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Capital Football launch junior season and freeze registration fees on back of growth

Growing playing participation rates has seen Capital Football freeze registration fees this season and chief executive Phil Brown says further growth could lead to fees going down.

Brown announced at the junior league season launch on Thursday that Canberra will again field more than 500 teams as the game continues to grow.

"The last couple of years we've had consistent growth with 10 per cent last year and football is the largest participation sport in the country and in the ACT," Brown said.

Brown said he picked up the "general vibe" registration fees were an issue for Canberra's soccer community from chatting to people at games.

It's the first time in seven years Capital Football hasn't put up their registration fees for their men's and women's winter competitions.

First-grade men's and women's players in Canberra's premier leagues will pay a total registration fee of $220 for the 2017 season.

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The Australian Sports Commission's AusPlay survey released in December revealed soccer as Australia's most popular club sport.

"There was an increase in players, we had a growth in participation. We also had an increase in our non-traditional revenue around corporate partners," Brown said.

"Then there was also an increase in funding from the ACT government attached to women's football and our W-League.

"Having to source money from players is obviously not the ideal and something we look to move away from in an ideal world.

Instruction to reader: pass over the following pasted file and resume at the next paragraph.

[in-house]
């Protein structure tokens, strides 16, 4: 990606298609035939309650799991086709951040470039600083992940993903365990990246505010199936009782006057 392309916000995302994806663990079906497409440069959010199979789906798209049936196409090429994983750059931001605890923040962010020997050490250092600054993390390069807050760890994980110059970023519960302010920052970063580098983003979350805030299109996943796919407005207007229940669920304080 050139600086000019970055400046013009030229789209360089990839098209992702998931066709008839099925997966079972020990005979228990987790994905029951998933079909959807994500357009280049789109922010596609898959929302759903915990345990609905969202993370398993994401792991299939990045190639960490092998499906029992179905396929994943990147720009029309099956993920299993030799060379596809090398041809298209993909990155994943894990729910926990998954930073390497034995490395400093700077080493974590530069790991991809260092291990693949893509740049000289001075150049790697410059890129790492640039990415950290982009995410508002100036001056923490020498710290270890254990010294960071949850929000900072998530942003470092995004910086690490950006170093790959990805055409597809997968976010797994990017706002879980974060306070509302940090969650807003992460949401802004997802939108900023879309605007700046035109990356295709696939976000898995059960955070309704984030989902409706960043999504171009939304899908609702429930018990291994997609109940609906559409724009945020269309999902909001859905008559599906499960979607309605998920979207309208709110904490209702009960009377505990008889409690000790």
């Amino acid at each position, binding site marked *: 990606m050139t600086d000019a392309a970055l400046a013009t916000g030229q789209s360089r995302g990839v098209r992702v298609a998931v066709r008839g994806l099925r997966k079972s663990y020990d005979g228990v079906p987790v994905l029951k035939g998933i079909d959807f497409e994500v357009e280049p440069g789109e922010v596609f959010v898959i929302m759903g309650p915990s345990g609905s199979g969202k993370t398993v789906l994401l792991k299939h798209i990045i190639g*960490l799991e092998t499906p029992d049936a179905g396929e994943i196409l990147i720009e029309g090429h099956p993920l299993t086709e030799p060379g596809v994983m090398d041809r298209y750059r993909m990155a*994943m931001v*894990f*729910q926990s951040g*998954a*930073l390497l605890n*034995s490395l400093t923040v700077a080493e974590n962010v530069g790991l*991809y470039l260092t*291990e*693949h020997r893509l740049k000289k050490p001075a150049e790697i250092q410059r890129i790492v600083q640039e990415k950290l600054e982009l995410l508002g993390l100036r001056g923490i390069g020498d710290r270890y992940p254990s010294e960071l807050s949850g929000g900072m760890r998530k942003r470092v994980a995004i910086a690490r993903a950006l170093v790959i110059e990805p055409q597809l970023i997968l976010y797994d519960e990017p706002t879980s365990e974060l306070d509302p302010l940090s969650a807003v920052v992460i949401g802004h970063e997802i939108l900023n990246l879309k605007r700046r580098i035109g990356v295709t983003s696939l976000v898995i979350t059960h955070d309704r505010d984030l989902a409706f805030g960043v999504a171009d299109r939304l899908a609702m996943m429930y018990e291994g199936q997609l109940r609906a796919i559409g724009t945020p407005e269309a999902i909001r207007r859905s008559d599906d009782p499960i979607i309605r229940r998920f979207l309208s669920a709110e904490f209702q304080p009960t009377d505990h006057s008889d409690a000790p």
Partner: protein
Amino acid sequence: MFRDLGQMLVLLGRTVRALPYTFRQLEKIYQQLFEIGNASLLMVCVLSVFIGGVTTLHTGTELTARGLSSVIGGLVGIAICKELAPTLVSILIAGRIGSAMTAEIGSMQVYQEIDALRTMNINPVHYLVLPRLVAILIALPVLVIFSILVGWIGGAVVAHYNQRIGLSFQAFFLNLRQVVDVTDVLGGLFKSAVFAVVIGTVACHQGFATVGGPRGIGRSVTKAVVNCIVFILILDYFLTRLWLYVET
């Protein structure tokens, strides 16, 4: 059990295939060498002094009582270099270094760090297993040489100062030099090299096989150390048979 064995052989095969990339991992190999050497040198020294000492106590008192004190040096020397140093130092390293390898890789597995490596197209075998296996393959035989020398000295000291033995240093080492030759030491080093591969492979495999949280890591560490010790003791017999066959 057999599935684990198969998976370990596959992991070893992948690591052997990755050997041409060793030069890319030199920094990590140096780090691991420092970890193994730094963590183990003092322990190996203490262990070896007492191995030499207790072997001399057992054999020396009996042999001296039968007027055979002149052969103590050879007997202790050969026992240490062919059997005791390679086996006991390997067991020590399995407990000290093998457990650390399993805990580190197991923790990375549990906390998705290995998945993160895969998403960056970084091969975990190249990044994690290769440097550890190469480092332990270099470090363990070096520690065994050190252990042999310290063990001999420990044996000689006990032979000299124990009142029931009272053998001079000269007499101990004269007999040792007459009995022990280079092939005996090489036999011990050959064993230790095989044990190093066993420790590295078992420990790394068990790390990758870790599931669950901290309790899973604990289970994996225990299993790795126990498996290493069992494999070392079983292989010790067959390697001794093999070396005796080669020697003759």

"You get the general vibe when you speak to people around the grounds. The cost of participating in any leisure activity that they have they're concerned about."

He said Capital Football conducted a review of their structure, which had led to a change in the way they did things.

They'll continue to revue their fees every year and Brown said further growth in the game could lead to fees going down.

"We'll review out delivery model each year and have a look at how we think we can best provide services, and then review the fee accordingly," he said.

"In my previous time at Football NSW that didn't always result in an increase or a freeze, there were times where we found that because of the significant growth in areas of football ... that meant we could actually decrease fees.

"It's not necessarily about continuing a freeze for a freeze's sake, it's about looking at the best practice model we can and applying a financial model to that."

Soccer has bucked the trends of its rival football codes as its participation rates skyrocket and Brown's attributed the ACT's growth to W-League side Canberra United.

"It's considered by parents a sport that's not only fun and healthy but safe for young players and I think having Canberra United in the W-League provide role models and encourages young girls to seek out an opportunity to play football," Brown said.